From Permata to Genius, but what’s the difference?

On April 15, Education Minister Maszlee Malik said the Permata programme for early childhood development – the brainchild of Rosmah Mansor, the wife of former prime minister Najib Razak – would be retained by his ministry.

Permata was originally placed under the Prime Minister’s Department and run by experts, ostensibly for gifted children.

When Pakatan Harapan took over the government last May, Deputy Prime Minister Dr Wan Azizah Wan Ismail said the government would not stop the programme, but would audit and review it before deciding what to do.

Now, after the audit, the minor adjustments, and the relocation of the programme to the purview of the education ministry, Maszlee says it will be renamed “Genius”.


Why choose the word “Genius”, and why rename the programme at all if his team is confident of producing results? And after all the hype about using the national language, why switch to the English “Genius” instead of using the Malay “Permata”?

Maszlee should also explain the programme to the people. We know that it uses play to stimulate children’s minds. But he should reveal how many children have benefited from the programme, who they are, and how they are selected.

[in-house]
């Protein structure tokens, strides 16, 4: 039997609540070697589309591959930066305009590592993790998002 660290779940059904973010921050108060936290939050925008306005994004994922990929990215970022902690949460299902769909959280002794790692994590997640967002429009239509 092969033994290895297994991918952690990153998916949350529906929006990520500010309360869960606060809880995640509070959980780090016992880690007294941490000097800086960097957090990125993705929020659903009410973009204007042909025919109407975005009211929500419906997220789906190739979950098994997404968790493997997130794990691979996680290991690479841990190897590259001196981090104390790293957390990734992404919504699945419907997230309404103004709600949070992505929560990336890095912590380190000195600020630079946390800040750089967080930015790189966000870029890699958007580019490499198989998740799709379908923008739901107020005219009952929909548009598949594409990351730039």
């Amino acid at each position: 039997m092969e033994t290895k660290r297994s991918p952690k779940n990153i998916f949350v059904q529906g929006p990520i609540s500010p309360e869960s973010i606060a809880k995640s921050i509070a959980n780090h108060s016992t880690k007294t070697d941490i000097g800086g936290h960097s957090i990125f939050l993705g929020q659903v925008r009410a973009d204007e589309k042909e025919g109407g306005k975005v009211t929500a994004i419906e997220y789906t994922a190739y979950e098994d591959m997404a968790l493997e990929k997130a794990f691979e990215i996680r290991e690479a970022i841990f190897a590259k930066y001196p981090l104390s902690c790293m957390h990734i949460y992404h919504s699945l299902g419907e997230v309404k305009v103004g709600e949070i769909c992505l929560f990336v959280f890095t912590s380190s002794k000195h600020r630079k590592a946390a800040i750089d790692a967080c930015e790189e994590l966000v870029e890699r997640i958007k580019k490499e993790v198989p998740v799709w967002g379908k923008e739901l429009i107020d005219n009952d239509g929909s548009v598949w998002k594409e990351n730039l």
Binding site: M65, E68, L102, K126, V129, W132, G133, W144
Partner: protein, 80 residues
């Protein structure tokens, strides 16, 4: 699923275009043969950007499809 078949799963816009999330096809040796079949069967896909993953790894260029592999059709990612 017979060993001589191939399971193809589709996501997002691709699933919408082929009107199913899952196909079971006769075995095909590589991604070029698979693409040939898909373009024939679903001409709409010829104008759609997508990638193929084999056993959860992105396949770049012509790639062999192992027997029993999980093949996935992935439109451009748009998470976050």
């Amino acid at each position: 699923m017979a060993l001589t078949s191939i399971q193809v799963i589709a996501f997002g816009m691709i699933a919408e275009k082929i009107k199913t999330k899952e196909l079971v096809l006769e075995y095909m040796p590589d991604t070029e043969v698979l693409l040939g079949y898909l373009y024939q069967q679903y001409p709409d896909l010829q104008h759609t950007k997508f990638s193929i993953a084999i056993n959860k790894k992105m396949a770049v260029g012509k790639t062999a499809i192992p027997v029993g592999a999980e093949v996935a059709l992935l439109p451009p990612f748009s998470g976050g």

Under the Barisan Nasional administration, Permata received several hundred million ringgit in financing while other ministries and departments struggled to find funds. We also heard of overseas trips by those in Permata. The latest high-profile trip was a visit to Oxford University, where Rosmah said she hoped Permata would send more students to Oxford.

All this money should have been allocated to the education ministry for the improvement of education for all Malaysians. If the issue is teaching, the money should have been used to train more teachers in the methods that Permata claims have unlocked the potential in the minds of the children.

Or, the money could have been used to improve and upgrade the infrastructure and quality of teaching in rural and Orang Asli schools.

If creative subjects have been proven to stimulate the minds of children, the money should have been used for music lessons, dance lessons, drama and theatre in schools.

The money should have been used to improve education for all schoolchildren in Malaysia. The real geniuses will get all the help they need anyway, because philanthropists and governments will fund their future studies.

Instead of concentrating on an elite group, Maszlee should provide good education for all, in every part of the country. The hundreds of millions of ringgit meant for Permata should be made available for all children. Every child should have equal access to good education.

The views expressed are those of the author and do not necessarily reflect those of FMT.